My work schedule finally freed up and I got the chance to fly out to Los Angeles to visit my girlfriend. This trip, we made sure that we made a little bit of time to go fishing. The first stop that we made was to explore Malibu Creek State Park. We had a lot of trouble finding information on whether or not they allowed fishing in the park, but after asking a park ranger, we quickly learned that the creek was off limits but fishing was allowed at a little lake in the park called Century Lake.
We hiked a little over a mile through some beautiful landscapes to discover this gorgeous little lake (which was actually deceptively deep).
There wasn’t much shore access on the lake, but I found a little rock to fish off of and hooked my first fish (which promptly came unhooked just as I was trying to land it).
But I continued tossing around my little jig and was happily rewarded with a lovely little bluegill.
I worked my way down the bank and enjoyed the lovely scenery.
I even found a second little bluegill right off of some submerged branches.
Right as we were getting ready to leave, I saw a new target: some bigger bluegill starting to bed in the shallows.
I danced jigs around their beds, and they would nibble but not fully take the lure. So I switched tactics. Instead of jigging the lure, I would set the jig right in the center of the bed and just let it sit there. The bluegill would swim over, stare at it, go nose down on it, nibble it, then get frustrated and actually bite the lure.
With this lovely bluegill, we decided it was time to hike back and get some lunch.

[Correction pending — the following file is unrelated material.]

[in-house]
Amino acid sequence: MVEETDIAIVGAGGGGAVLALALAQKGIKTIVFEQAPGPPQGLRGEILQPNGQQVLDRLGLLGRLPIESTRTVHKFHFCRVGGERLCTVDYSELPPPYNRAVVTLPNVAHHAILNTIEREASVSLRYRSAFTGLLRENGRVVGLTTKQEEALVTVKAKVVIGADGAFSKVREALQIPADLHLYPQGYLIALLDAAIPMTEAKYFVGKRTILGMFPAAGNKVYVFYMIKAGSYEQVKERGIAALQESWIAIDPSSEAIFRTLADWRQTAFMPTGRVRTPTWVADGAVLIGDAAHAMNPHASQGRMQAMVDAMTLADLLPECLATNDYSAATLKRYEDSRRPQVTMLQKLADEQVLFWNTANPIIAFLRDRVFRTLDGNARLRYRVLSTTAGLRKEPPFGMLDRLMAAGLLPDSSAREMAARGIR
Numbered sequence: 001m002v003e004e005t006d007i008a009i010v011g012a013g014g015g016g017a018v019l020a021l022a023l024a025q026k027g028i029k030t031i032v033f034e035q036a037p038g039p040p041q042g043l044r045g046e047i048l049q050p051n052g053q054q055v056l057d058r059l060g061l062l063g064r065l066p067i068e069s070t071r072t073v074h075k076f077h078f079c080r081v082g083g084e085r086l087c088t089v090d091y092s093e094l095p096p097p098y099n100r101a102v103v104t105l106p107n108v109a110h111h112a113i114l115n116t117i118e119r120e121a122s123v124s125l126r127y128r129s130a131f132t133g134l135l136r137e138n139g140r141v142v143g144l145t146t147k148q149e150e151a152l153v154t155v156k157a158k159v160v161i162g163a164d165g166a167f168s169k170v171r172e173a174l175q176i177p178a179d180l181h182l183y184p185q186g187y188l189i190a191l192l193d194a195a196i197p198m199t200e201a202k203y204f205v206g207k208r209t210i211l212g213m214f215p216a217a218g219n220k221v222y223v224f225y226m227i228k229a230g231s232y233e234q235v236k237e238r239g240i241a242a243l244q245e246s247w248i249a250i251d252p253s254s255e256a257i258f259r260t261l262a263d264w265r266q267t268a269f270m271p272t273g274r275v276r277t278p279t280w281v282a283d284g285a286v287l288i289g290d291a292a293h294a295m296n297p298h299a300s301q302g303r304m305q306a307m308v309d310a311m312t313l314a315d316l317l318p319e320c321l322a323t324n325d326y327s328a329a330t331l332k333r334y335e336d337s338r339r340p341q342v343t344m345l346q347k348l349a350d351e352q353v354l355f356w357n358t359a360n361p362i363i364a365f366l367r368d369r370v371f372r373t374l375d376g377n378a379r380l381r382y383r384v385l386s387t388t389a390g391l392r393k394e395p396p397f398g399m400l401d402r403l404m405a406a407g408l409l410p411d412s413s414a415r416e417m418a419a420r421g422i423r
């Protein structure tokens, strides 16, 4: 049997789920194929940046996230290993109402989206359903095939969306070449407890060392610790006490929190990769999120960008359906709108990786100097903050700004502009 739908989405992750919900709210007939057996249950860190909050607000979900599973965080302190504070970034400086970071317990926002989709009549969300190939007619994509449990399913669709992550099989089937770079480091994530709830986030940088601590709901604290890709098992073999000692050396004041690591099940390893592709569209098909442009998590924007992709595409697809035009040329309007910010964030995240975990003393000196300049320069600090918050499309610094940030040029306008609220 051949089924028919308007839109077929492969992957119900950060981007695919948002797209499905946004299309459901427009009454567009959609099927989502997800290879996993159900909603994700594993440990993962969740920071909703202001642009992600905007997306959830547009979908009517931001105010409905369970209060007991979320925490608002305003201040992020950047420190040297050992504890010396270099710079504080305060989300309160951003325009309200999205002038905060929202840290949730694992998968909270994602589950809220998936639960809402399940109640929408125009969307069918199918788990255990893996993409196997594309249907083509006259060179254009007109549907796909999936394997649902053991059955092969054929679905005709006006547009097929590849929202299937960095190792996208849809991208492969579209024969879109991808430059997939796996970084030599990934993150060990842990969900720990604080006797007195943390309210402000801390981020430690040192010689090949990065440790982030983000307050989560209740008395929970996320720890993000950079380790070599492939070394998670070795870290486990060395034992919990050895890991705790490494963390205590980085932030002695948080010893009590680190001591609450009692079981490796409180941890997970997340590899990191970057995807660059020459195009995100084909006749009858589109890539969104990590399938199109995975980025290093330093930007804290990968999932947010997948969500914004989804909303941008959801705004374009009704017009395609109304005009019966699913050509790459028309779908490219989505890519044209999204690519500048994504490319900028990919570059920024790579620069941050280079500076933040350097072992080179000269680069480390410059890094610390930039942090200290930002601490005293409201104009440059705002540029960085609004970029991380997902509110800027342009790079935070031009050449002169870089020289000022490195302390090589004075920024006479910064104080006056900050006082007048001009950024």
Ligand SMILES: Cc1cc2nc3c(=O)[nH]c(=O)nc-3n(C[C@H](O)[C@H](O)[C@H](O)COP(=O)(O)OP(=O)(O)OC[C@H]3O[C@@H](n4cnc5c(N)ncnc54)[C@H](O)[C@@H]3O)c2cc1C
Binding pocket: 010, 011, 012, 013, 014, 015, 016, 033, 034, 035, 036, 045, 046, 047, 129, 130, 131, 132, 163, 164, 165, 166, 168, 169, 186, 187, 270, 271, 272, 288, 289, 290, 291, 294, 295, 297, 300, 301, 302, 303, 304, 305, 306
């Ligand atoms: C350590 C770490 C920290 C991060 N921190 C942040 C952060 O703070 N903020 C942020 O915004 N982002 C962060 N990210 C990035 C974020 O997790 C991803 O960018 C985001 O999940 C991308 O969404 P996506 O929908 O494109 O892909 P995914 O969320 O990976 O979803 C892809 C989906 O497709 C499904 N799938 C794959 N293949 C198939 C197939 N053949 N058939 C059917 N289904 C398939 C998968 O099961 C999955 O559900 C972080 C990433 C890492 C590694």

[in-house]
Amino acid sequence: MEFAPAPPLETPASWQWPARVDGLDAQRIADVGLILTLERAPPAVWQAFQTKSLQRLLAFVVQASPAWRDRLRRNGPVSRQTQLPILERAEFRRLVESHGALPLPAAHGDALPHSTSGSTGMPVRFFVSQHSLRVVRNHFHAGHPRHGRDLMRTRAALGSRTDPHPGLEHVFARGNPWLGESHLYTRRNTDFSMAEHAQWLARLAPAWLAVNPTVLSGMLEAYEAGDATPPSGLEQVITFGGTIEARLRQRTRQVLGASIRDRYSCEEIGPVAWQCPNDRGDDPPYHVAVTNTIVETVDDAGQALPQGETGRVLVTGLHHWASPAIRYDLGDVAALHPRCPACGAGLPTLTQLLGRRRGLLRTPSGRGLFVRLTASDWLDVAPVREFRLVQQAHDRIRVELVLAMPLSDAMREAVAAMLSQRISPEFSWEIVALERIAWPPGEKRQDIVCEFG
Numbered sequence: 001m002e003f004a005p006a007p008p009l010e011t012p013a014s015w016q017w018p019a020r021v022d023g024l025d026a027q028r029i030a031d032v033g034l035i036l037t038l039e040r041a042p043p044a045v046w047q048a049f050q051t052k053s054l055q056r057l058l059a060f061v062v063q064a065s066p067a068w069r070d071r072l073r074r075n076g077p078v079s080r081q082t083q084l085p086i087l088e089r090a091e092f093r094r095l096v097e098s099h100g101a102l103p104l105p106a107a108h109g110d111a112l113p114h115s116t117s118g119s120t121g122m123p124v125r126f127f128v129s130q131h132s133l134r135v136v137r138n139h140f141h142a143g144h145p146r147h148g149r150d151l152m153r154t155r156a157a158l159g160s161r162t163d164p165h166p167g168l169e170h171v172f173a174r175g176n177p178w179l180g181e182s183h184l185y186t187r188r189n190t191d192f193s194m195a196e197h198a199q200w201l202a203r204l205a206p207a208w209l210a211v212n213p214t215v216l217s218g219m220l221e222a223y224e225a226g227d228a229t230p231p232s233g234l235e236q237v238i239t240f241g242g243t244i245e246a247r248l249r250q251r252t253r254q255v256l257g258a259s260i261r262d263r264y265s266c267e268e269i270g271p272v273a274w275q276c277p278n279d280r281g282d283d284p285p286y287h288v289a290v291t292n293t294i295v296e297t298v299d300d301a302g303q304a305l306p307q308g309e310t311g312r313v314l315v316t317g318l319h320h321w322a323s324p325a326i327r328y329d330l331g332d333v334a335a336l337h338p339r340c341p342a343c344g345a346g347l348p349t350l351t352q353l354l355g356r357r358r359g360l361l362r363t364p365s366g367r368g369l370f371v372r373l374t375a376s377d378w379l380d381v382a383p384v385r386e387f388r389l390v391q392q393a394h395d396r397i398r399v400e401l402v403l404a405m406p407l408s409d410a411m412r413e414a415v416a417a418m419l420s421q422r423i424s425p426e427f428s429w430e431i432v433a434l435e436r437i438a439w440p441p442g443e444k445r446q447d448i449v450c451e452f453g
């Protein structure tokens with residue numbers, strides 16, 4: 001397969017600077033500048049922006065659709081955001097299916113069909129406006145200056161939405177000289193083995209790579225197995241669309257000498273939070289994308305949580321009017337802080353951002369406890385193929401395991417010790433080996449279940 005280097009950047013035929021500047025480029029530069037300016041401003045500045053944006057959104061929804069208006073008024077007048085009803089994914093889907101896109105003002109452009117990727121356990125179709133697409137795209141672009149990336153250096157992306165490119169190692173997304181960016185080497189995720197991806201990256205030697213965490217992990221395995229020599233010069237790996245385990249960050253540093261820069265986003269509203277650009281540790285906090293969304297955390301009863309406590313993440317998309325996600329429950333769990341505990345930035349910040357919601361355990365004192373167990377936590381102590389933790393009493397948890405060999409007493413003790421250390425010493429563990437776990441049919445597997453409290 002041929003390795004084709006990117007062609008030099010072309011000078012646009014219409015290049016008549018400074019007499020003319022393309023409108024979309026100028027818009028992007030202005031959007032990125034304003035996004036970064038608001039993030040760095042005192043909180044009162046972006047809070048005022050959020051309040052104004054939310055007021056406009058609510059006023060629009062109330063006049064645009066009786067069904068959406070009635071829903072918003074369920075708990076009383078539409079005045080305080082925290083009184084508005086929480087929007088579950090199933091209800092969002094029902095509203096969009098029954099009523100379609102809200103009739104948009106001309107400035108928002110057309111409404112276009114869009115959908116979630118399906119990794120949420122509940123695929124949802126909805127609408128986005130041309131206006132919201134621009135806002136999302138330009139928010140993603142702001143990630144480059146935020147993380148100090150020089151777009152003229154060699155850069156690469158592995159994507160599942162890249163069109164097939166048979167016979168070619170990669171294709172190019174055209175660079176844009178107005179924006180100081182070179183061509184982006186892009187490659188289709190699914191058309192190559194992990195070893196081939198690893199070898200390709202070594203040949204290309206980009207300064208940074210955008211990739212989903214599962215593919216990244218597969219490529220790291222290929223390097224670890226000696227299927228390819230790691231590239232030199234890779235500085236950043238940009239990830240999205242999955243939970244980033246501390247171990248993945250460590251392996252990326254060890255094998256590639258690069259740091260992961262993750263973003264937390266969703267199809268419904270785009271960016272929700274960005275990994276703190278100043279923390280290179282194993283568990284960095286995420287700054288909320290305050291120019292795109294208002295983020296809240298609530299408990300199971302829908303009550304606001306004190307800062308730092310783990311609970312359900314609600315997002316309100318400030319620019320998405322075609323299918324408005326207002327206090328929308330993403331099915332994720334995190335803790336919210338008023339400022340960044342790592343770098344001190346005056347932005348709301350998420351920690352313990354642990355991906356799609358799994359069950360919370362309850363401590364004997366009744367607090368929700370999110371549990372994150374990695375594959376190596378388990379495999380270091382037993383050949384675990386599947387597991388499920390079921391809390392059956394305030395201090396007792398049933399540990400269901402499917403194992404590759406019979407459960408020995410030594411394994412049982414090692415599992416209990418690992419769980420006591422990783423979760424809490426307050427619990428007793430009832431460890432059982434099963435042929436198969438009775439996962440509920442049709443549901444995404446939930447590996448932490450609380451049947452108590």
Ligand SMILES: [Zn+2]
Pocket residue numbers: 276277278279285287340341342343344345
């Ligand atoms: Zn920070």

We then went to Malibu Pier to see if we could catch any fish there. Luckily, there was a little shop at the end of the pier where I bought some 2 oz. lead weights and a package of frozen squid.
We started on the sunny side of the pier near the deeper water, mostly because that was one of the only places where I had some decent room to play a fish if I caught a larger one. After watching everyone else around me hook a few fish, I finally got a bite and reeled up this little California Scorpionfish.
We stayed put at that spot for another hour, but I didn’t manage to get another bite. In the last 30 minutes, we decided to move to the deepest (and shaded) part of the pier. Instead of dropping the bait straight down like I had been, I started casting it out as far as my light line would let me. I immediately hooked into my first ever California Lizardfish.
Look at the chompers on this little guy!
I continued fishing this spot and hooked into my first ever Barred Sand Bass. The other anglers at this spot kept hooking into Mackerel, but I just couldn’t manage to get one this time.
The last place we went fishing at was the Santa Monica Pier. Once again, we stopped at a bait shop right at the end of the pier and purchased bait. I was hoping for squid, but the shop only had Anchovies left (which actually worked way better than squid). We set up on the end of the pier and before I was able to hook a fish, a Sea Lion swam up begging for bait.
After he swam off, I was able to fish without the fear of him eating my catches and dropped my bait down. The first fish to bite on the Anchovies was a little Queenfish.
This trip, I was determined to catch a Pacific Mackerel and decided that fishing directly on the bottom was not the solution. I quickly discovered that suspending my bait halfway up the water column resulted in the largest number of bites from Mackerel.
After catching a few of these little guys, I switched back to fishing the bottom to try to get some other species. I found a little deep spot by a pier piling that held a large number of Kelp Bass.
I even got my girlfriend to catch a fish, her first Barred Sand Bass.
At this point, I wanted to just catch one last little fish before calling it a day, another little Barred Sand Bass.
With this last little fish, my trip was coming to an end. It was a great adventure and I was lucky to have great company to spend it with me. I ended the trip with a total of 6 new species for my list and only a mild sunburn.